Economic Espionage and the U.S.-China Trade War
Combatting Chinese theft of U.S. intellectual property (IP) has been a principal policy focus of the Trump Administration, including through the utilization of the Section 301 investigation process, the subsequent imposition of tariffs on Chinese-origin goods, via challenges in international regulatory bodies such as the World Trade Organization, updated foreign investment restrictions and through targeted legal designations of entities such as the leading Chinese telecommunications and consumer electronics company Huawei. IP and trade secret theft are to this day some of the largest economic and national security threats facing the U.S. and American businesses. Apart from the international trade remedies implemented by the Administration, the U.S. legal system has been another critical theatre for countering theft of IP and trade secrets from American businesses, and prosecutions have ramped up over the last half decade using civil and criminal enforcement mechanisms.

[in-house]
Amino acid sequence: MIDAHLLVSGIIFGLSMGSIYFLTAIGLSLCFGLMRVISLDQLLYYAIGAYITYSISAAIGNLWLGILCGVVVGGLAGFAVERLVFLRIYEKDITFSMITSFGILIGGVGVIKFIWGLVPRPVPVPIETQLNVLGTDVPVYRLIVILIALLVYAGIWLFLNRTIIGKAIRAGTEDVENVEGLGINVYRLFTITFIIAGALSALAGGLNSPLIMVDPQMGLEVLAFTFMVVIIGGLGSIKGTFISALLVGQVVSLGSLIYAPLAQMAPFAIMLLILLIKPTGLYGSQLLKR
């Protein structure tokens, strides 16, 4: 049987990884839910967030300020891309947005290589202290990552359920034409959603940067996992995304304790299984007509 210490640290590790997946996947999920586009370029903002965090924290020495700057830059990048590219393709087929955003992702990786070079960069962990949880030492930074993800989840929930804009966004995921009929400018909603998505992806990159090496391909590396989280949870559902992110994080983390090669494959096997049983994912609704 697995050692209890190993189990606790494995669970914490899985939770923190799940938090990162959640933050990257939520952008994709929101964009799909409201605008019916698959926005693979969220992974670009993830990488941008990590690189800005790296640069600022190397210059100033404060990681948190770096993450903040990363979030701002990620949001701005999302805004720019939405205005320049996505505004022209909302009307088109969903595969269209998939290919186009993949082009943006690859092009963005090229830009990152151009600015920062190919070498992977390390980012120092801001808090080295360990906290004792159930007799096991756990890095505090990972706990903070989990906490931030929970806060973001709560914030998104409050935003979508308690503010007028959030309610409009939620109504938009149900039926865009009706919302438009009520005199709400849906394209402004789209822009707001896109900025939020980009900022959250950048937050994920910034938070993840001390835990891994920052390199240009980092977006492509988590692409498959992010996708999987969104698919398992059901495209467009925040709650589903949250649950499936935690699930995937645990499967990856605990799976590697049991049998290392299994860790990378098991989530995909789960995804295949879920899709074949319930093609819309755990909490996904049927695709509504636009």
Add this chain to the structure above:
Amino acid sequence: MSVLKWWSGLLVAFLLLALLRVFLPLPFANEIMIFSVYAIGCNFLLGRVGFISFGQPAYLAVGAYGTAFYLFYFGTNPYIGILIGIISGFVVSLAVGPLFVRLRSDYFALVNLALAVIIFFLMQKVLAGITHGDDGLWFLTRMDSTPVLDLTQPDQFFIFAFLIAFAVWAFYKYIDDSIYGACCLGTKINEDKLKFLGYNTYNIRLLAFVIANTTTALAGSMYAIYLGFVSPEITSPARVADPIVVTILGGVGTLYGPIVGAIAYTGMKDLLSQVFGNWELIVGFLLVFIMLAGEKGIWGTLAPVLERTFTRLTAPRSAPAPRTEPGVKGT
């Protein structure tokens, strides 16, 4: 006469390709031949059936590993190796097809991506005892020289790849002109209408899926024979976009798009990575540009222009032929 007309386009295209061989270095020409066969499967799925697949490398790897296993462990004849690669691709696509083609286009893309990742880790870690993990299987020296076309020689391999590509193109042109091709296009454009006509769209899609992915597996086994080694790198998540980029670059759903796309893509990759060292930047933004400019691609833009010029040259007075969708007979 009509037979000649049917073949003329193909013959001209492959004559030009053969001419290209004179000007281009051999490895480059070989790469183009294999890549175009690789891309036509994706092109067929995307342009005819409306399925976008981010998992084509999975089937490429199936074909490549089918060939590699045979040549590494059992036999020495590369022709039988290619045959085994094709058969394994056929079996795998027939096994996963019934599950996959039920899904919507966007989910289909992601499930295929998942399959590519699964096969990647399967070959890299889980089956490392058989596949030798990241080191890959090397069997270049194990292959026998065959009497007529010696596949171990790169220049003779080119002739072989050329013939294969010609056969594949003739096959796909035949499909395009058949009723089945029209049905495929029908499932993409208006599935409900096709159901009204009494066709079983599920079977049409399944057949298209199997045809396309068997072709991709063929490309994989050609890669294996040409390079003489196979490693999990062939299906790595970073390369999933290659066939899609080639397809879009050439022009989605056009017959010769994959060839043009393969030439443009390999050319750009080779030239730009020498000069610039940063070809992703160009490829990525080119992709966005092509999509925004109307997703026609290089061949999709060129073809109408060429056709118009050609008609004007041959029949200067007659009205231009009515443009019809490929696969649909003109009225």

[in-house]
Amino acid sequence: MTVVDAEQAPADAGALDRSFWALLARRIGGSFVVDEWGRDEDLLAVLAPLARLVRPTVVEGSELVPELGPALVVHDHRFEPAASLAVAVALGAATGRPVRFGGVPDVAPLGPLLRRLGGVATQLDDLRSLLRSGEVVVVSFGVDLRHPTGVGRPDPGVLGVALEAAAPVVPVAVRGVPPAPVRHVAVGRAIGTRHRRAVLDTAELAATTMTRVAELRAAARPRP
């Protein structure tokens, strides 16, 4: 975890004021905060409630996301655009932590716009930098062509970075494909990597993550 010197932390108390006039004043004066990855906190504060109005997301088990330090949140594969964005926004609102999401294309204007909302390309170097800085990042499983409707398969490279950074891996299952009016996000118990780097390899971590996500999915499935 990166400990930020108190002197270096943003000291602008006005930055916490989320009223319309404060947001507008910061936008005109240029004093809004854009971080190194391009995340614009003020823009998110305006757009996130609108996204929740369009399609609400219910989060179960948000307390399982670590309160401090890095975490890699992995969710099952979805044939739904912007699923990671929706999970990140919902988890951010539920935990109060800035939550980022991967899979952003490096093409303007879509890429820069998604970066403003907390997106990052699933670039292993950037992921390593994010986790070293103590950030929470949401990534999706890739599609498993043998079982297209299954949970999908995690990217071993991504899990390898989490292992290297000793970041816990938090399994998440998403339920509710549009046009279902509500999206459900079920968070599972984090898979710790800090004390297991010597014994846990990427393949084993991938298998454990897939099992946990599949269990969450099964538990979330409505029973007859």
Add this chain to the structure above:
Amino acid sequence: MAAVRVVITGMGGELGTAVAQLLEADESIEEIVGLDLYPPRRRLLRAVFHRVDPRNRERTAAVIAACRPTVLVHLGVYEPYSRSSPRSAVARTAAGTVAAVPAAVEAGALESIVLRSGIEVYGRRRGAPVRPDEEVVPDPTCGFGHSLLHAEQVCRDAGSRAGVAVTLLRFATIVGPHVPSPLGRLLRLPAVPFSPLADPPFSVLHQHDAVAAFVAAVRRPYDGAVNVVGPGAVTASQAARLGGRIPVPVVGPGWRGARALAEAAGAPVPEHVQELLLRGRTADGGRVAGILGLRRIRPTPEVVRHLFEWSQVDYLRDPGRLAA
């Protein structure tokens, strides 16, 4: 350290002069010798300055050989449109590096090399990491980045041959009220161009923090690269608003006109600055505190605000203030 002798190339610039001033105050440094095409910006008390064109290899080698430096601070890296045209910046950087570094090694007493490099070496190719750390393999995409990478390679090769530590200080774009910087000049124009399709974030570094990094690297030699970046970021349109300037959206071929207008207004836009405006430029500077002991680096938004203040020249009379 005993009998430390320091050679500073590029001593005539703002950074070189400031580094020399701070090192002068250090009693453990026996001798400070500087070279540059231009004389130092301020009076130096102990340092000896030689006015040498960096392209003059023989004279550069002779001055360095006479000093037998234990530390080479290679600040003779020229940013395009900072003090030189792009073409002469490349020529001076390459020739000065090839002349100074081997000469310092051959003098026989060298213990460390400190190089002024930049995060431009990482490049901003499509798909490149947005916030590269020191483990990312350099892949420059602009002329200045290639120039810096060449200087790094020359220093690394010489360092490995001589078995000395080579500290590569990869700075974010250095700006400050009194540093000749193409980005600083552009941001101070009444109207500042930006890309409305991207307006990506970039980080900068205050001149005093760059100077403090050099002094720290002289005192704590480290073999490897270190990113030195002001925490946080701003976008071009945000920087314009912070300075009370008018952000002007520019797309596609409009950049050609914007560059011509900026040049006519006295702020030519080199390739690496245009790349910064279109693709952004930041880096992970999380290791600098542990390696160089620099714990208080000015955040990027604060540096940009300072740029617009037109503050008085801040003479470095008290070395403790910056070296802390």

The Economic Espionage Act of 1996 (“EEA”), 18 U.S.C. § 1831 et seq., is an act that makes theft or the misappropriation of trade secrets, especially through acts of industrial espionage, a federal crime. Such trade secret theft can lead to both civil and criminal enforcement actions. The EEA currently defines “trade secrets” broadly to include “all forms and types of financial, business, scientific, technical, economic, or engineering information, including patterns, plans, compilations, program devices, formulas, designs, prototypes, methods, techniques, processes, procedures, programs, or codes.”1
Penalties under the EEA can be severe. In 2012, Congress revised the EEA to increase the penalties for organizations and individuals, and sentencing guidelines were increased for trade secret theft that seeks to benefit a foreign government or agent. A violation of the EEA can result in an individual being fined up to $500,000 and facing up to 10 years in prison, and a corporation found guilty can be fined up to $5,000,000. These penalties increase greatly if the trade secret theft or misappropriation benefits a foreign country or foreign agent.
In 2016, the EEA was again amended when Congress passed the Defend Trade Secrets Act (“DTSA”). The DTSA established for the first time a private cause of action for the theft or misappropriation of trade secrets, which prior to its enactment had largely been addressed under individual state laws.